history2The History Department aims to enable all students to become successful learners who enjoy learning, make progress and achieve their potential.  We encourage students to become confident individuals and responsible citizens who make a positive contribution to society.

We inspire, challenge and move our students with the dilemmas, choices and beliefs of people throughout history. We encourage pupils to ask and answer questions of the present by engaging with the past.

Students develop their understanding of their own identities through a study of history at a personal, local, national and international level. They find out about the history of their community, Britain, Europe and the world. They appreciate the significance of what they are learning as they
  • ask and answer important questions
  • evaluate evidence
  • identify and analyse different interpretations of the past
  • substantiate their own arguments and judgements.

Learning outside the classroom

At Key Stage 3 all students take part in a visit which is closely linked to their curriculum studies.  At Kenilworth Castle, Quarry Bank Mill and the Imperial War Museum students enjoy interacting with the exhibits and artefacts.  They also take part on a ‘hands-on’ workshop run by specialists and historians.  These visits also form the basis of a piece of investigative, imaginative and creative project work on our return to school.

history1At Key Stage 4 and 5 students enjoy many different opportunities to develop their enthusiasm for, and understanding of, their studies.  These range from interesting lectures by eminent historians and university professors to one-off competitions and activity days at schools and colleges across the Midlands.

In addition to visits linked to the curriculum, all students have the opportunity to take part in the Department’s extra-curricular trips such as our biannual Battlefields Tour.  This visit is spread across four days throughout which students visit memorials, cemeteries, preserved battlefields and many moving sights of interest across the Somme region of France and the Ypres Salient in Belgium.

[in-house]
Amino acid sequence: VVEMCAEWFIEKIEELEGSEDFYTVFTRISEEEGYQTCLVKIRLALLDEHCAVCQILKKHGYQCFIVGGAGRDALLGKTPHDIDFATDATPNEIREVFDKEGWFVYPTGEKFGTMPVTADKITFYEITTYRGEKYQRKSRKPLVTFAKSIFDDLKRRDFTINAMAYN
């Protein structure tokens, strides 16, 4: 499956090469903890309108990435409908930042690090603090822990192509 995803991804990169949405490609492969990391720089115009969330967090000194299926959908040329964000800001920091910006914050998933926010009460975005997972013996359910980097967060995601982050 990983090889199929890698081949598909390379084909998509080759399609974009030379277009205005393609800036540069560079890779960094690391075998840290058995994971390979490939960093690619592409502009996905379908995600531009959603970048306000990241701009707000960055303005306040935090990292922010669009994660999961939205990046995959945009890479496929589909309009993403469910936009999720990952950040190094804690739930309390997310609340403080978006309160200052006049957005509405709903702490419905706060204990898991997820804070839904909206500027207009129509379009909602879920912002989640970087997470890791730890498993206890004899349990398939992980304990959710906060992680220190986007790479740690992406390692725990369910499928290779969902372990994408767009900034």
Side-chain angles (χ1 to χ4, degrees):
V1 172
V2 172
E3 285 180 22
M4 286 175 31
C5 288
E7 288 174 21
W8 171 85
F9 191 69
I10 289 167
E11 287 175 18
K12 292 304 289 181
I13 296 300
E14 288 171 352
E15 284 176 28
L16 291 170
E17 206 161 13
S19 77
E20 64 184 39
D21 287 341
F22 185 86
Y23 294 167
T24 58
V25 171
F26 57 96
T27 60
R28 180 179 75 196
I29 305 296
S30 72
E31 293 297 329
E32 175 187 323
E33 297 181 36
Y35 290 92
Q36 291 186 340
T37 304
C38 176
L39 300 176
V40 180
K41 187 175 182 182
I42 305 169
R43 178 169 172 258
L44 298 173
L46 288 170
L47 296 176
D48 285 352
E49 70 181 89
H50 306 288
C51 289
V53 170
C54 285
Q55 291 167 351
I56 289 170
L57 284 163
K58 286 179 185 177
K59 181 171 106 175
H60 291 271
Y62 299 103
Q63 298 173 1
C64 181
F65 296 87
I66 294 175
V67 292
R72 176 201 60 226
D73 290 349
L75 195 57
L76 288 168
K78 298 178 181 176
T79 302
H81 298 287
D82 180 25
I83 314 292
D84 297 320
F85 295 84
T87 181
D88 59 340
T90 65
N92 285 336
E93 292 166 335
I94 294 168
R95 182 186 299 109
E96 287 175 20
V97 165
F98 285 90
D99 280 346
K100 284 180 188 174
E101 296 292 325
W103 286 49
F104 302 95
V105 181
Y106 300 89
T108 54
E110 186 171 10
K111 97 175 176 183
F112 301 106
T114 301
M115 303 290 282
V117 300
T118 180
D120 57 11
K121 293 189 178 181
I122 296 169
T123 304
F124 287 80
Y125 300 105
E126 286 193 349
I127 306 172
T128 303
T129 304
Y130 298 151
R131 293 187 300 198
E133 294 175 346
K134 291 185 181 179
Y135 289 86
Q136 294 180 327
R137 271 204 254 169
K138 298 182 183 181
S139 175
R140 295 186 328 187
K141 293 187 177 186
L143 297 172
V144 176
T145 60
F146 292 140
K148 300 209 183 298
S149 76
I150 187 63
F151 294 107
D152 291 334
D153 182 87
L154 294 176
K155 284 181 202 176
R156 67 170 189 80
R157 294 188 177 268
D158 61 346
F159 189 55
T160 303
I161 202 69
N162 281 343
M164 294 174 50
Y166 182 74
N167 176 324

A highlight of the weekend is always taking part in the Menin Gate Ceremony.  The visit is always a truly emotional experience providing pupils with a moving insight into the reality of warfare and the related ethical dilemmas.

On-going assessment

Homework is issued regularly, in line with the KS3, 4 or 5 homework timetable.  Furthermore, students complete three formal assessments, one in each term.  For each of these they are assigned a National Curriculum Level.  The first two assessments are conducted during lesson time, whereas the third assessment is the school examination in May.


All students should:

  • Develop an accurate chronological framework that enables them to make connections within and across different eras and societies.
  • Be able to express fluent and cogent judgements based on a sound knowledge and understanding of events in the past.
  • Develop their understanding of key historical concepts, such as change and continuity, cause and effect, significance and interpretation.
  • Interrogate source material effectively in order to challenge and discriminate between varying interpretations.
  • Develop confidence in their ability to discuss, debate and speculate on challenging issues and dilemmas.